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  • “I’m just waiting until people look at an impressive carving and say “that’s a Prenzel” like they now identify Rembrandt or Picasso” – Phillip Caldwell

The search took him to the dusty rooftop of an old city building where, hidden behind several decrepit old chairs thrown carelessly in a corner, was a uniquely crafted masterpiece. Auctioneer Phillip Caldwell could not believe his eyes. “It was a magnificent creation – a one off produced as a commemorative furniture piece for the Australian Women’s National League to mark its founding in 1904,” he said. The fact that the ornately hand carved speaker’s chair had been made by iconic Australian artist Robert Prenzel only added considerably to its value.

The work is typical of Prenzel’s trademark creations. With waratah arm supports, a carved back panel featuring gum leafs and gum nuts and full size possum carvings either side of the speaker’s head, the chair bears testimony to the league’s first president Janet Lady Clarke. The league eventually evolved into the women’s section of the Victorian Liberal Party that still performs an active political role in today’s world. Not only did Phillip Caldwell discover the speaker’s chair, he also unearthed a Prenzel table in the arts and crafts style of famous English designer and furniture maker William Morris and three accompanying chairs with superb carved waratah and foliage decoration. These unusual Prenzel works will be part of a significant art, antiques and porcelain Caldwell auction from 11am Sunday at 3-7 Walker Street, Prahran and Phillip Caldwell was keen to pay tribute to his contribution to Australian art history. “Robert Prenzel was a brilliant Prussian craftsman who migrated to Melbourne in 1888, aged 22,” he said.

In the early 20th century he began grafting Australian floral and fauna motifs onto the flowing lines of the international art nouveau style capturing the mood and aspirations of a newly federated Australia. For 10 years, from 1905 to 1915, he was cabinetmaker by appointment to Melbourne and Western District society. Prenzel was born at Kittlitztreben in south east Prussia and, as a child, moved to Elbing (now Elblag, Poland), a seaport town on the Baltic Sea. At 14, he was apprenticed to the town carver, Ernst Gebauer, who Prenzel later described as a fine artist and splendid teacher. Gebauer suffered neither fools nor idlers at his benches so, for four years, Prenzel worked 10 hours a day six days a week studying all phases the mechanical and technical sides of his craft. After finishing his apprenticeship, Prenzel spent the next four years as a journeyman throughout Europe where he was exposed to the works of masters who further refined his technique. In the last half of the 19th century, Germany regarded Australia as a land of opportunity as several colonial governments actively wooed German settlers. Prenzel was one of these, arriving in “Marvellous Melbourne” on November 24, 1888 where he initially found work with a ship builder. However, it was not long before he met and was employed by Otto Waschatz, a Dresden born and trained modeller who supplied many of the elaborate plaster and cement decorations for the boom-style buildings of the late 1880s.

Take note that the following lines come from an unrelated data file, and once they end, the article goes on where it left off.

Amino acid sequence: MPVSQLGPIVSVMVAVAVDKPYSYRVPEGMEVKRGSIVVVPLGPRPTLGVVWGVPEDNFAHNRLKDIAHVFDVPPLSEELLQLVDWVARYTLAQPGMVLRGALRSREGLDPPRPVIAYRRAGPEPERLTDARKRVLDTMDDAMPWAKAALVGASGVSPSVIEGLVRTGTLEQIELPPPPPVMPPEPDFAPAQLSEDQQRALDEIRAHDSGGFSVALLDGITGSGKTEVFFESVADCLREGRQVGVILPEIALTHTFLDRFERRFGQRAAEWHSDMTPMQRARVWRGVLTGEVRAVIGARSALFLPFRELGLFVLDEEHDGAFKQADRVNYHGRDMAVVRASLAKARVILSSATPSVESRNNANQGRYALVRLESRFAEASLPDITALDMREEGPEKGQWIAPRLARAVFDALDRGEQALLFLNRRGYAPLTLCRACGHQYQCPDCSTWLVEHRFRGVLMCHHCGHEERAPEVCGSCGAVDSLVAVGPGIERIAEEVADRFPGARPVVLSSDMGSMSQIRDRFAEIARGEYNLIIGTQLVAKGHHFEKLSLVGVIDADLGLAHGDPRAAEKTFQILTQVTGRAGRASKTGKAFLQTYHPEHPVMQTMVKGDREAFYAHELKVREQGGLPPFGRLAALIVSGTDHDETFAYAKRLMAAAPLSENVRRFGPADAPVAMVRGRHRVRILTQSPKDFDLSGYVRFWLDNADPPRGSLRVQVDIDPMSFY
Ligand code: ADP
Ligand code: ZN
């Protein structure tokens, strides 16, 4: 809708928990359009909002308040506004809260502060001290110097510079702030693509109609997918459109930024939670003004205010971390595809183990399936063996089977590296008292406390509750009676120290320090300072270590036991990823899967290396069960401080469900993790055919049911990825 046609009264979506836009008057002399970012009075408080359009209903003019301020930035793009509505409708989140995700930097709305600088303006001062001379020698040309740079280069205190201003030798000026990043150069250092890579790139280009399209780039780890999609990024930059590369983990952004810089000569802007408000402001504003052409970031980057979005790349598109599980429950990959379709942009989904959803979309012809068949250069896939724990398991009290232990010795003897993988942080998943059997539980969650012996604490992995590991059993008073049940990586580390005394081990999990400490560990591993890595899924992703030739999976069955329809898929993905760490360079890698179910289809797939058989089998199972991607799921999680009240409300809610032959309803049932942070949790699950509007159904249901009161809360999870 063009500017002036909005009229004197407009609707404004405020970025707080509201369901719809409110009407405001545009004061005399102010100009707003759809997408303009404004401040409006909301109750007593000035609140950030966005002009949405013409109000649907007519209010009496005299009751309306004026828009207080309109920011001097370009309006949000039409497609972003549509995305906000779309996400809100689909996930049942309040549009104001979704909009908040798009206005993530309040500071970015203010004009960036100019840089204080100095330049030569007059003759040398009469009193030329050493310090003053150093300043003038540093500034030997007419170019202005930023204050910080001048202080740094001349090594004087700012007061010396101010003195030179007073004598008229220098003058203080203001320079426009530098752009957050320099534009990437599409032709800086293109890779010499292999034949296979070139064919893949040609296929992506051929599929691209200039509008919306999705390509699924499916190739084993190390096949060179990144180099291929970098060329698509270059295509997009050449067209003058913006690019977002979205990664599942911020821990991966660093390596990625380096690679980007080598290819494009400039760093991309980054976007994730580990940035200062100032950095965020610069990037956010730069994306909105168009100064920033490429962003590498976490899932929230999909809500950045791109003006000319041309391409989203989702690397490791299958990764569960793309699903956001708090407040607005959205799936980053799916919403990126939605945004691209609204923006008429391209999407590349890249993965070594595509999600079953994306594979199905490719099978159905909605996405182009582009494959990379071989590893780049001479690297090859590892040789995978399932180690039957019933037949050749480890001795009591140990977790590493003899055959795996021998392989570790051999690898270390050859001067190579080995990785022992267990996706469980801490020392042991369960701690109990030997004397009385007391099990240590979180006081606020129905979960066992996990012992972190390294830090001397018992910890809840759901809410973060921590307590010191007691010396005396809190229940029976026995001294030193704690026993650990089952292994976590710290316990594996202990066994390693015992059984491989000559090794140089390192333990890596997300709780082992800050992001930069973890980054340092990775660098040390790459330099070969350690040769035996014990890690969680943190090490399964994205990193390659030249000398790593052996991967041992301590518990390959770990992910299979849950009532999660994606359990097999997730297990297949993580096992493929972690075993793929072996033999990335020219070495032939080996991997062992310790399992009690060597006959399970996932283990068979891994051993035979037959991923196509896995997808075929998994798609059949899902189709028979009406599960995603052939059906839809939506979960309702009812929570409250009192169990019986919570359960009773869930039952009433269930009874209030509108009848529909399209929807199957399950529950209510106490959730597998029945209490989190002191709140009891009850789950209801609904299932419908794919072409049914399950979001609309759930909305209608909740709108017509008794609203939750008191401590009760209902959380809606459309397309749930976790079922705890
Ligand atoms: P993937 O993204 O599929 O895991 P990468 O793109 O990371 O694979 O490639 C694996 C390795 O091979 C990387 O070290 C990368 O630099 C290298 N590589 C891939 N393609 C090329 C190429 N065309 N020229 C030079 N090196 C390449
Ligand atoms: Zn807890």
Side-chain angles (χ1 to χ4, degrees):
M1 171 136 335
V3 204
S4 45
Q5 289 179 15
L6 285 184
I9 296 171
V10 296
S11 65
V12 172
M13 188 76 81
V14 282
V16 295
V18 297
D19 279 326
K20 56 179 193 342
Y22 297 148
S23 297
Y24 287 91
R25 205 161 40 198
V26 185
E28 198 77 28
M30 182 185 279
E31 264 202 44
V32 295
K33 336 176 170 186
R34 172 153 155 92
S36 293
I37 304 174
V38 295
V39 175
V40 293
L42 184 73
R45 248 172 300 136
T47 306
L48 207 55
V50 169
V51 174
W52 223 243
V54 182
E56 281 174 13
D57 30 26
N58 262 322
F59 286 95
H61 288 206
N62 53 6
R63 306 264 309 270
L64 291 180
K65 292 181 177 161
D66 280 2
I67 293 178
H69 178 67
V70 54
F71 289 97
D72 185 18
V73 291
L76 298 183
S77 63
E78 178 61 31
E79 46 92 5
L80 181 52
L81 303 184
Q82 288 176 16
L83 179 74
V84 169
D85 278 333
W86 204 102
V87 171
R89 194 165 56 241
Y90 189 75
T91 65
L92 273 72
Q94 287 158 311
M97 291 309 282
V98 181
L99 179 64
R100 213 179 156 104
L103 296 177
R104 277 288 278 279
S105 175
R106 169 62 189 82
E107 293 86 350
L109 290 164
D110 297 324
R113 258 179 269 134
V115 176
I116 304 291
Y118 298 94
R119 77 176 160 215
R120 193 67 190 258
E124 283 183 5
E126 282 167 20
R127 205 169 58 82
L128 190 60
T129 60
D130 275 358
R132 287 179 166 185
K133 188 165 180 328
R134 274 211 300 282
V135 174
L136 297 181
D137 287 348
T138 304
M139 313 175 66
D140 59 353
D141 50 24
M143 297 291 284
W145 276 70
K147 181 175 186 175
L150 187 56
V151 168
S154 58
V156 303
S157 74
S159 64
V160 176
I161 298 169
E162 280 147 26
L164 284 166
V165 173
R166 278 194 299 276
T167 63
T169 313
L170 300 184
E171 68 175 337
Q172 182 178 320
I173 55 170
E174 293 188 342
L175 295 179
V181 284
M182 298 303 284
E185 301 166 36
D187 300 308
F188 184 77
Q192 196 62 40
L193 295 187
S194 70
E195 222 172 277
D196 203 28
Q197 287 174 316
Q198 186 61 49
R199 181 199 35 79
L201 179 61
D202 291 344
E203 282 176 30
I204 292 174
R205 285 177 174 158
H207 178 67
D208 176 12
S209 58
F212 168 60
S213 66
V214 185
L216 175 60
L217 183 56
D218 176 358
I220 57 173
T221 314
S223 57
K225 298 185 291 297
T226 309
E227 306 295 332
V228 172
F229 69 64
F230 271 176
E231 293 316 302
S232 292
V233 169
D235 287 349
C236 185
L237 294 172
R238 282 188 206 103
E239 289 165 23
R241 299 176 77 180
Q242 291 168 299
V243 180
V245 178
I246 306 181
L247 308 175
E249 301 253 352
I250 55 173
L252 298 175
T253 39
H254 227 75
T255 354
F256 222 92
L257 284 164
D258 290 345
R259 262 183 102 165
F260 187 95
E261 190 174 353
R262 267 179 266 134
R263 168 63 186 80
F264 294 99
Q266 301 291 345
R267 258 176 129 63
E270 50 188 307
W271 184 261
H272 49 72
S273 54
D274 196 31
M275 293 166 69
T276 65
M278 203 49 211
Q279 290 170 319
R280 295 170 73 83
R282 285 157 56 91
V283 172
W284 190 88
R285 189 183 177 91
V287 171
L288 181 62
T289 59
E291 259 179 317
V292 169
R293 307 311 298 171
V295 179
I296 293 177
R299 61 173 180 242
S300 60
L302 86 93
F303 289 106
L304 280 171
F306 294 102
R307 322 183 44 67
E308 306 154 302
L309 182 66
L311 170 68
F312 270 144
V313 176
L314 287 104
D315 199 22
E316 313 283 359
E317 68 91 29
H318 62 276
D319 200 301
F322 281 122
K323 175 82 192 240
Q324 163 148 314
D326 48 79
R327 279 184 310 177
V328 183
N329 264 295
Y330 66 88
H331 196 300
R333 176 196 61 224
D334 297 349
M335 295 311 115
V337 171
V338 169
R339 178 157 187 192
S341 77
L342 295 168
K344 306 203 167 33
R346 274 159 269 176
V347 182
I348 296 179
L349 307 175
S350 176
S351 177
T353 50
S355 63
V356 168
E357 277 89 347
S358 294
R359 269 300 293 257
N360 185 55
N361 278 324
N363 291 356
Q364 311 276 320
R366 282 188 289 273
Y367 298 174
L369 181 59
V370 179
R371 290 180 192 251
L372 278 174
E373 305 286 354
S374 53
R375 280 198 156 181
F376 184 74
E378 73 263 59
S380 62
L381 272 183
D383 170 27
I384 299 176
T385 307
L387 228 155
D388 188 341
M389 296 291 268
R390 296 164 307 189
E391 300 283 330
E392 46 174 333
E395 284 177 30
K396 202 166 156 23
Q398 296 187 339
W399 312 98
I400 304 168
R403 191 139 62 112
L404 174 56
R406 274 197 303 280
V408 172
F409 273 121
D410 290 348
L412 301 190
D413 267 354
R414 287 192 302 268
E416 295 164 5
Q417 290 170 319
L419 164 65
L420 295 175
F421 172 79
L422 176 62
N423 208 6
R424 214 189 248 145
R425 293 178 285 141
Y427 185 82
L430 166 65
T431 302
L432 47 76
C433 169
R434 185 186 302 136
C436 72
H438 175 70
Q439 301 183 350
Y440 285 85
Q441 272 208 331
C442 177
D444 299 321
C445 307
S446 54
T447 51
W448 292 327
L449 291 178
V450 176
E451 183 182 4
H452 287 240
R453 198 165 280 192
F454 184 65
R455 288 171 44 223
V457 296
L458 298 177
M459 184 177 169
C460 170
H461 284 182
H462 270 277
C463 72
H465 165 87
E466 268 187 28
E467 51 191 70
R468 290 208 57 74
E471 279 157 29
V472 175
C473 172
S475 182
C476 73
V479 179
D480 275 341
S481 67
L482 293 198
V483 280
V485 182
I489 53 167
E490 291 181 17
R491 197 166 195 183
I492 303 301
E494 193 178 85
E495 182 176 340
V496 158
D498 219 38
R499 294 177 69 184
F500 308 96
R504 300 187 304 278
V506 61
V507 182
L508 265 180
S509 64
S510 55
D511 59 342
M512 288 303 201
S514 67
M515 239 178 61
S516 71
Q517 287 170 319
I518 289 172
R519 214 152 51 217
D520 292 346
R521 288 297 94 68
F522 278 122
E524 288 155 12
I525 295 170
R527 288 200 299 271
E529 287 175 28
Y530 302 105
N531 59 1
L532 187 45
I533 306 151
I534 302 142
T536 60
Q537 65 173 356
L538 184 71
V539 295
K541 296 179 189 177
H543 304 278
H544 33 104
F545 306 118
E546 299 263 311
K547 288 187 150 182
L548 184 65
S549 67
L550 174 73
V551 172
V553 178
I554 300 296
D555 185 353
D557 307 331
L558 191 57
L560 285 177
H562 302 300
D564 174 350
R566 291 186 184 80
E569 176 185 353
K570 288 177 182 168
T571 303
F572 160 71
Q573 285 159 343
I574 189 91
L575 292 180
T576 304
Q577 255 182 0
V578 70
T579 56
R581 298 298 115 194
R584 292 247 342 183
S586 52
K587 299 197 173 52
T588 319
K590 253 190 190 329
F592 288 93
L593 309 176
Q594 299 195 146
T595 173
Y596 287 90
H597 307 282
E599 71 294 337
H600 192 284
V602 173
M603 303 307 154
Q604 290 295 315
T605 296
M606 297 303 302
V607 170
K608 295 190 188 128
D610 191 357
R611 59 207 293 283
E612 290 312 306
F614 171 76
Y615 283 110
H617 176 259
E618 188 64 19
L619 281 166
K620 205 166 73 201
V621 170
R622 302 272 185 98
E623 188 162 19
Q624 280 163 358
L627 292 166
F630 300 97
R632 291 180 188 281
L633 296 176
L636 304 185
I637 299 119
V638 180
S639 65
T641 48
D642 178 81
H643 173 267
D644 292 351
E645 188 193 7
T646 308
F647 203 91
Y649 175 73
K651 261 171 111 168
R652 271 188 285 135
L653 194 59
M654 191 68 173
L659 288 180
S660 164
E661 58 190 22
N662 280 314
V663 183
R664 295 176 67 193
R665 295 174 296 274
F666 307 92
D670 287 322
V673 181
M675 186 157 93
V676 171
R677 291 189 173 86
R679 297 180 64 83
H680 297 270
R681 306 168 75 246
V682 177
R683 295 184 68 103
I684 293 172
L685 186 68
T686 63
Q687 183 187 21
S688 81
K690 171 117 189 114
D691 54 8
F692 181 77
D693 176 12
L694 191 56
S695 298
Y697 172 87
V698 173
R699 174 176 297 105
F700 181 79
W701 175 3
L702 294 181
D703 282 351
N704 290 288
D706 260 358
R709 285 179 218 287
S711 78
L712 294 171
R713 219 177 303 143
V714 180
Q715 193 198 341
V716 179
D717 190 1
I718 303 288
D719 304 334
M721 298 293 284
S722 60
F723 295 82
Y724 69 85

In 1891, Prenzel established a business with Danish ivory carver and turner Johann Christian Treede (Treede and Prenzel Architectural Carvers, Modellers and Designers) where they designed and made to order “artistic furniture in style”. Most of the furniture was in the elaborate Renaissance-revival style of their native Europe, but they also worked as contract carvers completing, amongst other works, the ceiling and upper walls of the west nave of St Patrick’s Cathedral. Treede and Prenzel dissolved their partnership in 1901 but Robert Prenzel carried on at the firm’s South Melbourne address creating essentially art nouveau pieces, following a style that had recently peaked in Europe. It was not until after World War I that his framed panels of Australian birds, animals and plant life became increasingly popular as Victorians gradually overcame their distrust of German migrants. Churches in particular knew the value of his carvings and ecclesiastical work became the mainstay of his business. Examples of his creations can still be seen at St John’s Toorak, Xavier College chapel and our Lady of Victories in Camberwell.

Prenzel’s work also is the subject of a permanent exhibition at the National Gallery of Victoria. Phillip Caldwell said he was just waiting for the day when people would look at an impressive wood carving and say with conviction “that’s a Prenzel” in the same way they now identify Rembrandt or Picasso. Sunday’s auction also will include an extensive pewter collection and early 17th century furniture belonging to Don Todd (of the well known Todd rowing dynasty) whose brother Ray won more than 70 rowing and sculling victories from 1918 to 1927

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